Reginald Hill has returned to his Cumbrian roots in his latest work, "The Woodcutter." (Harper, 519 pages, July 26)
Though this isn't an Andy Dalziel and Peter Pascoe mystery, "Woodcutter" is unmistakably pure Reginald Hill with a well crafted plot centered around a complicated character written in Hill's trademark literate style, punctuated with his deliciously irreverent wit.
"Woodcutter" is the old tale of the servant's son who longs for the young lady of the manor but to earn her love, he must better himself.
Wilfred "Wolf" Hadda made something of himself; earning millions in finance and a title as well, as he won the hand of the local squire's daughter, Imogen.
Reginald Hill writes crime novels, and thus, this "fairy tale" take a sinister turn as Wolf Hadda's posh lifestyle comes to a grim halt when he is arrested and convicted of child pornography and fraud.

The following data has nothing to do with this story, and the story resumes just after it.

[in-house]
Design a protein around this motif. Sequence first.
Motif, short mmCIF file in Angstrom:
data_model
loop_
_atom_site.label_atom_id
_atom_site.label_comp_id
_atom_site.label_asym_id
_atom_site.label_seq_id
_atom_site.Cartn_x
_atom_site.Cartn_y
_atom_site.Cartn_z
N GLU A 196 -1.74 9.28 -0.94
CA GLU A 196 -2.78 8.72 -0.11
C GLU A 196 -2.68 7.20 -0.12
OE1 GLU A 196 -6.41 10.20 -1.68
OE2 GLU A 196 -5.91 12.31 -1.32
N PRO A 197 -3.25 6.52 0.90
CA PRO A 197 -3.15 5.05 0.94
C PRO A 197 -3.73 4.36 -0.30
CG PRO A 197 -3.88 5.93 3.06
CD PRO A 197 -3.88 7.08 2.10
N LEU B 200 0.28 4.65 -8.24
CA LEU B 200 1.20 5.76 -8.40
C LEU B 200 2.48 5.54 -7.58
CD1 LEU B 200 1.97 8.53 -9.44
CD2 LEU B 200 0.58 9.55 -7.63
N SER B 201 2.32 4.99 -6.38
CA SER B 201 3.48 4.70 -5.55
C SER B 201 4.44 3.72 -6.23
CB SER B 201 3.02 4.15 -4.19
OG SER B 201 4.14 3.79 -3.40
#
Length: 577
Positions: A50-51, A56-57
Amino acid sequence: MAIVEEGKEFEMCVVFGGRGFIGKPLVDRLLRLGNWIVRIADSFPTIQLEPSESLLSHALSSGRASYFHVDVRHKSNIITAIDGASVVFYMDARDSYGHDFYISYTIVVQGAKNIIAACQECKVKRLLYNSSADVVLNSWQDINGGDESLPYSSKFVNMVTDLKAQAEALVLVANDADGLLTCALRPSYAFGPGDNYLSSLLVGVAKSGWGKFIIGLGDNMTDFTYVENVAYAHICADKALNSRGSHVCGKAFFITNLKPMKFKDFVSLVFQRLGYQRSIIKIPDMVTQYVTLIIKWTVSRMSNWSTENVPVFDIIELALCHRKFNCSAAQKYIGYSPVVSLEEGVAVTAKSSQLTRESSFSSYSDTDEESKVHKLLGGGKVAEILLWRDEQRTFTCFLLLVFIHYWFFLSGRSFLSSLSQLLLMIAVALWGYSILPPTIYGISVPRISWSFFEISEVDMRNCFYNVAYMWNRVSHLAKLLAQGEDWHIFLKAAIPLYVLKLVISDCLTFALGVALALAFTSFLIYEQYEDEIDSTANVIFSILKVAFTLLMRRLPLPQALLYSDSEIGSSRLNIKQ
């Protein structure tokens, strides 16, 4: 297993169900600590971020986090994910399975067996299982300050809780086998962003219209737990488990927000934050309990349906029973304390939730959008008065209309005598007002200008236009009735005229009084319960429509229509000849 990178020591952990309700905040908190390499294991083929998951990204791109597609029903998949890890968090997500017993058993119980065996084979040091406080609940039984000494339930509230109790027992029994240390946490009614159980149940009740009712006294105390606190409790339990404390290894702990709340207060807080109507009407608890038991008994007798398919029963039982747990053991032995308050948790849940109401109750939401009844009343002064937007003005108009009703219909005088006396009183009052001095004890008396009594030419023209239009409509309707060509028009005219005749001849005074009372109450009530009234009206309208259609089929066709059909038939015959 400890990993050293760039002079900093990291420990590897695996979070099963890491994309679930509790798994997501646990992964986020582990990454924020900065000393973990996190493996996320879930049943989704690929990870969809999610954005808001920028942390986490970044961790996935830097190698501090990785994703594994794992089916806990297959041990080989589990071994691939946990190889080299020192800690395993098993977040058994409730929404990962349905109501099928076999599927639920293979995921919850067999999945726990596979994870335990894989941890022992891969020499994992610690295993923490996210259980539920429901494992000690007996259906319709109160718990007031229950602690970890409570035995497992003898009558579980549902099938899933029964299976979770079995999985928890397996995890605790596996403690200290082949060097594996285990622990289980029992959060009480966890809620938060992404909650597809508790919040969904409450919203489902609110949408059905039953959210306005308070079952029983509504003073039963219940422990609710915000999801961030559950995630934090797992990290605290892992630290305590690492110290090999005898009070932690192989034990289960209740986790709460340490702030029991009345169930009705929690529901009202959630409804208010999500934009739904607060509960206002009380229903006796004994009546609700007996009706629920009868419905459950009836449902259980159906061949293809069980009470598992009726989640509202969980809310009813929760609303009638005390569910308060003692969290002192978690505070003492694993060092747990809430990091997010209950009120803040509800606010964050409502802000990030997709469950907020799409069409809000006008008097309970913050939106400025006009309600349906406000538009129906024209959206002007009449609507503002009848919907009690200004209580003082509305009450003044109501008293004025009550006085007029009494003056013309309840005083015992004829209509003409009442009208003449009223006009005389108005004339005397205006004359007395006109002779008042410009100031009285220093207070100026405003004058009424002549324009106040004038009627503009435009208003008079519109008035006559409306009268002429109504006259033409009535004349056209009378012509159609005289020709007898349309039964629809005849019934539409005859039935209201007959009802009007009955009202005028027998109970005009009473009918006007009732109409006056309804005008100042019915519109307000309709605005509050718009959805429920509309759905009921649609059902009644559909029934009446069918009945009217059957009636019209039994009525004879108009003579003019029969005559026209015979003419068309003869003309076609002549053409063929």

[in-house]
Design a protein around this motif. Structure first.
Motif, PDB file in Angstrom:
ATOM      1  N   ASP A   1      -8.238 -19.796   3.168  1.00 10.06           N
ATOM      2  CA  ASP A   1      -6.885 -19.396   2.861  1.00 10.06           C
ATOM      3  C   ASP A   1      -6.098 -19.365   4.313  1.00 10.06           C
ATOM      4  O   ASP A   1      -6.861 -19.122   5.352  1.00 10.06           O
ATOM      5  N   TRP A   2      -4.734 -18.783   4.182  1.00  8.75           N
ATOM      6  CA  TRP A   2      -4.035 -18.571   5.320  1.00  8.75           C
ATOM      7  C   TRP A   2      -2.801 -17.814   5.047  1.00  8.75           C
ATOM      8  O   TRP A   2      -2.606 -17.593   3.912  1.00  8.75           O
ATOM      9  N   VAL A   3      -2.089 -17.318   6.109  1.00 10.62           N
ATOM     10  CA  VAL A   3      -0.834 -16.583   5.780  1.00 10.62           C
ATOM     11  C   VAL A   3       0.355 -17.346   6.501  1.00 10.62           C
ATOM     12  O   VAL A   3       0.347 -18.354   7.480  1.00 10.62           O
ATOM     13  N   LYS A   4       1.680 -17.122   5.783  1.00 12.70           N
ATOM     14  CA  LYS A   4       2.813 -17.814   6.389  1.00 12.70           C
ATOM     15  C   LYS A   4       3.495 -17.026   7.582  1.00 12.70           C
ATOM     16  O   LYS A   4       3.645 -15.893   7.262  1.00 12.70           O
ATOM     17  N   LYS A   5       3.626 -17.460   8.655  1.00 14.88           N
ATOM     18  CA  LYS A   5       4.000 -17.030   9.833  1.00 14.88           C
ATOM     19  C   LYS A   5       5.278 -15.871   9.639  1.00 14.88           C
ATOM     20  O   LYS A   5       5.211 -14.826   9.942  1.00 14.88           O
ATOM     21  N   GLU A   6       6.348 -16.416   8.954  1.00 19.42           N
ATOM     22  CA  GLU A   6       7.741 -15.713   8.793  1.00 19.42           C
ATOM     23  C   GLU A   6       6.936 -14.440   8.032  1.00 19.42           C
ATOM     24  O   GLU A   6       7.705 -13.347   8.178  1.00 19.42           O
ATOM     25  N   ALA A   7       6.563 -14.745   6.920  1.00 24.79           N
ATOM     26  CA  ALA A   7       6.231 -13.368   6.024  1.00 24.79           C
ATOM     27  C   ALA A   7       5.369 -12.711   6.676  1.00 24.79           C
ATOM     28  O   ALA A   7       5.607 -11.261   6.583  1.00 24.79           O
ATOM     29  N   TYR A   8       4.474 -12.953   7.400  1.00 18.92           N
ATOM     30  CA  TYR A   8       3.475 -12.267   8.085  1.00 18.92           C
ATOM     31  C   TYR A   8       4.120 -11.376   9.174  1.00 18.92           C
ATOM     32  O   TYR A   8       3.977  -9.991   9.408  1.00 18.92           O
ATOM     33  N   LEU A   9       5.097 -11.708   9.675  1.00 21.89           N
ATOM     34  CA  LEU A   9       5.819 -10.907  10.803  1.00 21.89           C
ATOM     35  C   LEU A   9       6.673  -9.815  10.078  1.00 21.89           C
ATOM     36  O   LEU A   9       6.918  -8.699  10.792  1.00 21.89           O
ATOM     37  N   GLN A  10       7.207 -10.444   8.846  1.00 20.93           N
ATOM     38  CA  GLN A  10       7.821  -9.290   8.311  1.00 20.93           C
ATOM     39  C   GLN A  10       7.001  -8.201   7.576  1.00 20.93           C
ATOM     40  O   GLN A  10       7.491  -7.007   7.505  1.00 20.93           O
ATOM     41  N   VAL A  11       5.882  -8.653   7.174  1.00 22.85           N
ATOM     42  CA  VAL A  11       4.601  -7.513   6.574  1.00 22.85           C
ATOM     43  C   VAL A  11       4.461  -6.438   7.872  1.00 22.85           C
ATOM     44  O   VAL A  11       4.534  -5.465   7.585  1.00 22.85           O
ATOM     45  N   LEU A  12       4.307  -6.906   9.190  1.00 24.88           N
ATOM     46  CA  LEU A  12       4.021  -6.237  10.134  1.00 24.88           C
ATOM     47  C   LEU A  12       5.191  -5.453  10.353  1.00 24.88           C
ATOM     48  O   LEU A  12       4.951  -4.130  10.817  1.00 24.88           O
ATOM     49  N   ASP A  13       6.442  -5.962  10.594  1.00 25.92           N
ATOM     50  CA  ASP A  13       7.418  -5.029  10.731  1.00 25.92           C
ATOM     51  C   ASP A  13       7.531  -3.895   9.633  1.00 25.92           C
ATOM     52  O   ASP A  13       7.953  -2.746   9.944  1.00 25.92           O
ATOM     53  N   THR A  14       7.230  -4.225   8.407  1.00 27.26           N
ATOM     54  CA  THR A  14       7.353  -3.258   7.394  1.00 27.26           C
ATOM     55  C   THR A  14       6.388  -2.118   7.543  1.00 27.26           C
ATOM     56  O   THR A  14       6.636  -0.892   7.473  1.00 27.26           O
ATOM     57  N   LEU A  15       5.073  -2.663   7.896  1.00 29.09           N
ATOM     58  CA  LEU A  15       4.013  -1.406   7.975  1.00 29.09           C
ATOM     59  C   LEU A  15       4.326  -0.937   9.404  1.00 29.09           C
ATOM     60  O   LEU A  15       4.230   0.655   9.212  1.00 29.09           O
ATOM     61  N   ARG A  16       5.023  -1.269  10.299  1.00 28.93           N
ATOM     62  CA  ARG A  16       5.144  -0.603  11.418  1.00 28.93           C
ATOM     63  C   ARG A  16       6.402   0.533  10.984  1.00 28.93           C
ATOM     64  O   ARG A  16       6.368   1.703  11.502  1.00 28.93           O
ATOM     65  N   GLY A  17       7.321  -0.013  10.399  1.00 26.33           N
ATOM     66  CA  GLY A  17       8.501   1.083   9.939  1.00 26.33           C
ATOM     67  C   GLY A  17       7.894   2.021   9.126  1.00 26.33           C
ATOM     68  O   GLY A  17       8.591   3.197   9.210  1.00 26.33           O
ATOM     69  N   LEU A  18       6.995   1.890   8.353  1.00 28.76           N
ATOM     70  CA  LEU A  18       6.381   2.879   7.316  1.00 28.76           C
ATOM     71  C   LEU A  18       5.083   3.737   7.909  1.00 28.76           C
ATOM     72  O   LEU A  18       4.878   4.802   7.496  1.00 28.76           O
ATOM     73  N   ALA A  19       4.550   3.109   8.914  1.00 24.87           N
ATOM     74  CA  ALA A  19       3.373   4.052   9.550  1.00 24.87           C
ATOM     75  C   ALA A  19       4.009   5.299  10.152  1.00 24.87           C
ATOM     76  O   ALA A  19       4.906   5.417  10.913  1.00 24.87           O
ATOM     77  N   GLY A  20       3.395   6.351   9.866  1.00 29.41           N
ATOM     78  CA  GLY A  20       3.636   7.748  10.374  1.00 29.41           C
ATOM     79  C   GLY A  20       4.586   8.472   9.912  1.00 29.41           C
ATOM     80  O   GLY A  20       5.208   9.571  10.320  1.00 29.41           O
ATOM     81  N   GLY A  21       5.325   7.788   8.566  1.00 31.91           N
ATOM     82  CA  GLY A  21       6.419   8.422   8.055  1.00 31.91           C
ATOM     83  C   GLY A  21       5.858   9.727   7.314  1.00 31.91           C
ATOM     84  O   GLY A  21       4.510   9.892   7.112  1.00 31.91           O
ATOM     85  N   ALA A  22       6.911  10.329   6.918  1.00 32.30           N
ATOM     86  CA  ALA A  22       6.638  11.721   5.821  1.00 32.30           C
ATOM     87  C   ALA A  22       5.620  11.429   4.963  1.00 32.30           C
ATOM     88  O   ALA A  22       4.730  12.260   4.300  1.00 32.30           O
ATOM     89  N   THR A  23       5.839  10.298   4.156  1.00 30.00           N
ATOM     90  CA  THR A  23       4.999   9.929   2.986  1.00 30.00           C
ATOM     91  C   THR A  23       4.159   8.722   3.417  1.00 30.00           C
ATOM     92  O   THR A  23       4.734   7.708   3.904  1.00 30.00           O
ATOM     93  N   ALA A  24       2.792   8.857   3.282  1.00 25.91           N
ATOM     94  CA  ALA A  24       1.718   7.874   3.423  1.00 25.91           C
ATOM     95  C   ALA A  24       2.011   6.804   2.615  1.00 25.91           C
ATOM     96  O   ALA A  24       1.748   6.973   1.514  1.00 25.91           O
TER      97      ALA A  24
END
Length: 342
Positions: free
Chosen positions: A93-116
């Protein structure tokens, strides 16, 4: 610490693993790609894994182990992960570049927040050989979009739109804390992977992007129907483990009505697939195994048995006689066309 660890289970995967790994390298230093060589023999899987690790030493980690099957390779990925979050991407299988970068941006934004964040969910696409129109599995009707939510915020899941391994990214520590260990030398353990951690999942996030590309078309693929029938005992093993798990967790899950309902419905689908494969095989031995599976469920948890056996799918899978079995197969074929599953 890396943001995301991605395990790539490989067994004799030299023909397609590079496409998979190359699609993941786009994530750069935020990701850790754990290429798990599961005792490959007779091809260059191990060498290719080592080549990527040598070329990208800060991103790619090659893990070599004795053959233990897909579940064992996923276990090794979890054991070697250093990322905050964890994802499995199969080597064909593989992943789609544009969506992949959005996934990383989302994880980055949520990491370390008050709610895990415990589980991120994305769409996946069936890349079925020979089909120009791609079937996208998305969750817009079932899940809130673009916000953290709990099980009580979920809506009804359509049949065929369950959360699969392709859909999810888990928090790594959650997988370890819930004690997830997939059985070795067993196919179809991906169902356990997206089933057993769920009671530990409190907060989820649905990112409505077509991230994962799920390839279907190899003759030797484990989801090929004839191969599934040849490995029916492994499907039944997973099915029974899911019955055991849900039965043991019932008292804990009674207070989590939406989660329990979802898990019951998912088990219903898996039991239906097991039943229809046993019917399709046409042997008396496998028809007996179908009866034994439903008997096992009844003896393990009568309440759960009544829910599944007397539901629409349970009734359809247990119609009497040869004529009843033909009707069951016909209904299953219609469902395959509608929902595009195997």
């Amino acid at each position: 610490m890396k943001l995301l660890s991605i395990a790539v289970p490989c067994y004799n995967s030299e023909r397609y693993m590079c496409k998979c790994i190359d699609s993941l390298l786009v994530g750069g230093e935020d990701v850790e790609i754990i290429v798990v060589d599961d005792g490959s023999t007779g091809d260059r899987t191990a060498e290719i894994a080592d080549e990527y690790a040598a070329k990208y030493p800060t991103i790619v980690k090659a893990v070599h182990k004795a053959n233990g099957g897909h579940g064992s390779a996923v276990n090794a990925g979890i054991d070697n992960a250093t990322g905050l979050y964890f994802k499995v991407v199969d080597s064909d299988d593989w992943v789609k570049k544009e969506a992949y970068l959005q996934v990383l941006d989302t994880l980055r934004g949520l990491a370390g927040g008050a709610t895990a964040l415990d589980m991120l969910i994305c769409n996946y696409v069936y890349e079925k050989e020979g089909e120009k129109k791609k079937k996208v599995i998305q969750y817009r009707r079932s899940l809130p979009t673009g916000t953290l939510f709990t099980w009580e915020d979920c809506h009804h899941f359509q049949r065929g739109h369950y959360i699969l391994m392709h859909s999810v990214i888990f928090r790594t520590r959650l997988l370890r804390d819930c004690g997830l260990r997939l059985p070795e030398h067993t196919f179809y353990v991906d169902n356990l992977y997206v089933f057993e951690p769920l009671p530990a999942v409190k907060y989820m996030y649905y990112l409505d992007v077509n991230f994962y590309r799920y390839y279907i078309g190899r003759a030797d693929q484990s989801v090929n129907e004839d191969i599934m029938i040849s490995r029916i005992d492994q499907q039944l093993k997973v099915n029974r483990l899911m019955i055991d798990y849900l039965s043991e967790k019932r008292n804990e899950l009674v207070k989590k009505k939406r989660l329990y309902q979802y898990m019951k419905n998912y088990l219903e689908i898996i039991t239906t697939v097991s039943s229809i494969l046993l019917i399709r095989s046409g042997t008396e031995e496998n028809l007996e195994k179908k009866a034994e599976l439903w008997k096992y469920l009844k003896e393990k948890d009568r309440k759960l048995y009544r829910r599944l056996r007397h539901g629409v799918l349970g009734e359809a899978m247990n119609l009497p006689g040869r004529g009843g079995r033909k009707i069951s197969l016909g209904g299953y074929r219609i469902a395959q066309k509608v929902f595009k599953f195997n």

In an attempt to flee from the police, he is struck by a truck and horribly disfigured.
While in Parkleigh prison, Wolf attracts the attention of the prison psychiatrist who asks him to reveal his inner most thoughts in a journal.
After vouching for his release from prison, the good doctor wrestles with the uncertainties inherent in probing the human psyche as she ponders whether Hadda is truly a "reformed" pedophile or a man wrongfully convicted and bent on revenge. The drama reaches a high point as Wolf learns the facts behind his betrayal.
With his great sense of timing, Hill takes a swipe at the oft times too cozy relationship between the British press and police and the devolutionists who would like to go back to ye olde days of "the floggers and hangers."
While Reginald Hill's "Woodcutter" has a fast-paced plot and is beautifully written with some well-placed jabs at the "upper crust," this reviewer misses the charms of Hill's cheeky Yorkshire detective, Andy Dalziel.